Washington: November 22, 2008 – IR Summary/NYT - Hillary Rodham Clinton has made up her mind to give up her Senate seat to clear her passage to accept the position of Secretary of State in the Obama administration.
The selection of Hilllary is still to be formalized and will not be announced until after Thanksgiving. It would be yet another direction in the unlikely journey of a onetime political spouse in Arkansas who went on to build a political base of her own and become a symbol of achievement to many women.
The role, though a supporting one, would make her one of the most influential players on the international stage, and it would represent at least one more act for one of the nation’s most prominent public families, as former President Bill Clinton would also become an ad hoc member of the Obama team.
The sometimes awkward dance between Mr. Obama and Mrs. Clinton in the eight days since he invited her to Chicago for a meeting culminated in a telephone call on Thursday. Before the call, Mrs. Clinton was skeptical about the prospect of joining the cabinet, said her confidants, who insisted on anonymity to discuss the situation. But Mr. Obama addressed her concerns about access, personnel and other issues, leading her to conclude she should take the job, they said.
“She’s ready,” one of Mrs. Clinton’s confidants said. The first meeting in Chicago “was so general” that she needed to have a better sense of how she would fit into Mr. Obama’s administration, and the call helped her “just getting comfortable” with the idea of working together, the confidant said.
Mr. Obama’s advisers said that although no offer had been formally accepted, her nomination was “on track” and would probably be announced after the holiday. Mrs. Clinton’s Senate office broke a week of silence to acknowledge the talks but cautioned that they had not been made final.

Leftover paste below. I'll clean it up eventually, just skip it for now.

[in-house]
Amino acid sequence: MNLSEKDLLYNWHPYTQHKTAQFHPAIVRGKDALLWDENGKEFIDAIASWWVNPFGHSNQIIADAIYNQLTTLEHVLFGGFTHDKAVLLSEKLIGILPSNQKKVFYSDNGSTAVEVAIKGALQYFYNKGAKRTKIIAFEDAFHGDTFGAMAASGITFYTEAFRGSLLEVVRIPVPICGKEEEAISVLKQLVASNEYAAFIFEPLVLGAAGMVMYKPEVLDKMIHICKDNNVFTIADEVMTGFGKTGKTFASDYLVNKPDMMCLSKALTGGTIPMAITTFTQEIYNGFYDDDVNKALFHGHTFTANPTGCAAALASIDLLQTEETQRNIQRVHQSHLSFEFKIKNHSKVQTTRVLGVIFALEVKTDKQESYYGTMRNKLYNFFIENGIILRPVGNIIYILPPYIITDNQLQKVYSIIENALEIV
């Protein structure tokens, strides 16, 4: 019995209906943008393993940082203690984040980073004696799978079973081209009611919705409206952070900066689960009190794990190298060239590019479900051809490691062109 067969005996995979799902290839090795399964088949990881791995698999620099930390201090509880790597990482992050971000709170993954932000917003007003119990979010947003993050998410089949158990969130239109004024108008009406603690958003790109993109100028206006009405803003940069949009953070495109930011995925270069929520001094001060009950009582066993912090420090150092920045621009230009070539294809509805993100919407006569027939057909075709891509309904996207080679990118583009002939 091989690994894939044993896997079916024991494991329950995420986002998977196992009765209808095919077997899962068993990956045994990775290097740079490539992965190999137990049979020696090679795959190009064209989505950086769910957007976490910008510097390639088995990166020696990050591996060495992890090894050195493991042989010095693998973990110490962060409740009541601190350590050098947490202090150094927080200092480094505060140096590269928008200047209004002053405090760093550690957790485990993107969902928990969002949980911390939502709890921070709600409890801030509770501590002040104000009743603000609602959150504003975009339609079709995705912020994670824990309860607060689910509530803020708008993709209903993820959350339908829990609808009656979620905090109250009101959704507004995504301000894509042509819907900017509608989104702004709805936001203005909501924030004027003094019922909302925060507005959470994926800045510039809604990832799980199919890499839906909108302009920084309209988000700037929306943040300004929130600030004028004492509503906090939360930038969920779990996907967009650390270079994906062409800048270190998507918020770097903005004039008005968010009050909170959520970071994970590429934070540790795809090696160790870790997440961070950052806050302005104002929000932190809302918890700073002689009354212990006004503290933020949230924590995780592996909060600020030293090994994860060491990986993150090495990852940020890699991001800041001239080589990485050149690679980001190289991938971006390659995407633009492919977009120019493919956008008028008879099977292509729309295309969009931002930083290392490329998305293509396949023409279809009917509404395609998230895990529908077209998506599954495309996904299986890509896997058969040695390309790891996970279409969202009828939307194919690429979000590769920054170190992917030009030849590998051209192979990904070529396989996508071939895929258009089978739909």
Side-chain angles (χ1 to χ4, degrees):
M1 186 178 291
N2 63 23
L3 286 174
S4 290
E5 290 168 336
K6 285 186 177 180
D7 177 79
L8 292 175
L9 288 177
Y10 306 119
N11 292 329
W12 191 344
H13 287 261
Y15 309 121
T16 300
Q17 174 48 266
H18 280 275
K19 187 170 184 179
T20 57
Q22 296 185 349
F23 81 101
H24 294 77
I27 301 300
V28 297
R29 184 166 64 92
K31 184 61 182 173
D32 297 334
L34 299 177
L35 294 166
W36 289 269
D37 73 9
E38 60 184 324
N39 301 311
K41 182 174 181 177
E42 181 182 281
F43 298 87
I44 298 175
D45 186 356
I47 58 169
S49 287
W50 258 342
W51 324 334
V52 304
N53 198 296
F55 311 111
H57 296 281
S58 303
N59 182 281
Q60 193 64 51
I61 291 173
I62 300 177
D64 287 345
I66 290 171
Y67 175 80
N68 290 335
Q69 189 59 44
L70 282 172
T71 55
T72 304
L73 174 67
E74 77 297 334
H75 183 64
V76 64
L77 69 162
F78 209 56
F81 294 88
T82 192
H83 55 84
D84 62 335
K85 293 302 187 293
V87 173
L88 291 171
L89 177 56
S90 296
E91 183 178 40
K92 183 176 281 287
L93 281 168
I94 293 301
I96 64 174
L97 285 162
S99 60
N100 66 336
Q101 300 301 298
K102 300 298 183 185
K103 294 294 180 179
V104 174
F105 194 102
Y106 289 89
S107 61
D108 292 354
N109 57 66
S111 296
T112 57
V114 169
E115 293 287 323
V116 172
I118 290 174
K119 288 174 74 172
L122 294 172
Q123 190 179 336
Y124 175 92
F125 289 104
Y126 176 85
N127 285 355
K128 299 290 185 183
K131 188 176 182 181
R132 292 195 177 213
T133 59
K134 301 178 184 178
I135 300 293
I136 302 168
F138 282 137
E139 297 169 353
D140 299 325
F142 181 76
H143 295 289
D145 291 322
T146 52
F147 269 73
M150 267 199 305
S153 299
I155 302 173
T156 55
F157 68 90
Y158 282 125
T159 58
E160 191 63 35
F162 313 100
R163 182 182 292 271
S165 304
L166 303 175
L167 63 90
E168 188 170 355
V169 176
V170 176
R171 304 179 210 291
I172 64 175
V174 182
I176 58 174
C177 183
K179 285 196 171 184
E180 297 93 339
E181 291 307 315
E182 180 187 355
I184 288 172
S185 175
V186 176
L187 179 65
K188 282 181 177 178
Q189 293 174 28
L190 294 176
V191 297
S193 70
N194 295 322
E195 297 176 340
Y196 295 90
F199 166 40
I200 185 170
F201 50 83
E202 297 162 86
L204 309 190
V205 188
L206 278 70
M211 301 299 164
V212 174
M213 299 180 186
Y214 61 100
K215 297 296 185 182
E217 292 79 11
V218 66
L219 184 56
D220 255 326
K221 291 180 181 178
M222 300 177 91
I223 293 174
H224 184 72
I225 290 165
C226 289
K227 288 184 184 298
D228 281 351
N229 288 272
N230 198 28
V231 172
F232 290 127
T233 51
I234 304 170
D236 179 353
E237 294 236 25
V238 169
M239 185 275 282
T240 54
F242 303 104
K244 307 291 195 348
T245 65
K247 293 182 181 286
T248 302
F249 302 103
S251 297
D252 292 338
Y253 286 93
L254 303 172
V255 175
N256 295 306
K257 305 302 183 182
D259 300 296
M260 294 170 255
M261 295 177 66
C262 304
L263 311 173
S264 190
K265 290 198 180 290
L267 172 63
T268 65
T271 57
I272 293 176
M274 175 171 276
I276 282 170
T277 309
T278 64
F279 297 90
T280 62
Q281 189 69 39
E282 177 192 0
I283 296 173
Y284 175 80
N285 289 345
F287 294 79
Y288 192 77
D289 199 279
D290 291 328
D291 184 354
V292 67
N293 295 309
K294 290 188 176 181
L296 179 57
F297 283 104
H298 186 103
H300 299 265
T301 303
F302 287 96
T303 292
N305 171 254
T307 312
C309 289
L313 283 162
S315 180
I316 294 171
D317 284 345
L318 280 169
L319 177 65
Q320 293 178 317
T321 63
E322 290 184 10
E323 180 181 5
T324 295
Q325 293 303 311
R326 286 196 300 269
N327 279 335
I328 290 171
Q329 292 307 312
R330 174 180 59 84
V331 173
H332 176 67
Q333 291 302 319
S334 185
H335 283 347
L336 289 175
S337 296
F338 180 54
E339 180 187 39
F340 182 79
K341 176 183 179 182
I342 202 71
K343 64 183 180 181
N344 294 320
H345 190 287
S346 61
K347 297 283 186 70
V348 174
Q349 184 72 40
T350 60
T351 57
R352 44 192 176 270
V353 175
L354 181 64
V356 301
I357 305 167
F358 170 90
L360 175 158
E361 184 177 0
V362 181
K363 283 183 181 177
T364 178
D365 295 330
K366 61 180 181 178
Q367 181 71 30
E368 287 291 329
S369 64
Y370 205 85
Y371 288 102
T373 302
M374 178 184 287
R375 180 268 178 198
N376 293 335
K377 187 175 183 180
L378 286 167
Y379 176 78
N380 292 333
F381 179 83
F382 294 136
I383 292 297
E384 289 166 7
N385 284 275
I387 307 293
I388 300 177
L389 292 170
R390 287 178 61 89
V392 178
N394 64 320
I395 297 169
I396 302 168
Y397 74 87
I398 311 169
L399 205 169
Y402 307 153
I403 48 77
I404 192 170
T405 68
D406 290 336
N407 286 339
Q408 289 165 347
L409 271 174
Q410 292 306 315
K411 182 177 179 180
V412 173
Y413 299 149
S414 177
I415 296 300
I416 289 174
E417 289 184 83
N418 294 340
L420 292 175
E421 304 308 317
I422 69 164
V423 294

“We’re still in discussions, which are very much on track,” said her spokesman, Philippe Reines. “Any reports beyond that are premature.”
Mr. Obama wants to announce the members of his national security team at once. Advisers said he was weighing whether to make retired Gen. James L. Jones, a former Marine commandant and NATO supreme commander, his national security adviser, installing a formidable counterweight to Mrs. Clinton. The president-elect was still trying to decide whether to keep Defense Secretary Robert M. Gates on an interim basis or install another choice to run the Pentagon right away.
The choice of Mrs. Clinton pleased many in the Democratic establishment who admire her strength and skills, and they praised Mr. Obama for putting the rancor of the campaign behind him. “Senator Clinton is a naturally gifted diplomat and would be an inspired choice if she is chosen by President-elect Obama as secretary of state,” said Warren Christopher, who held that job under her husband. More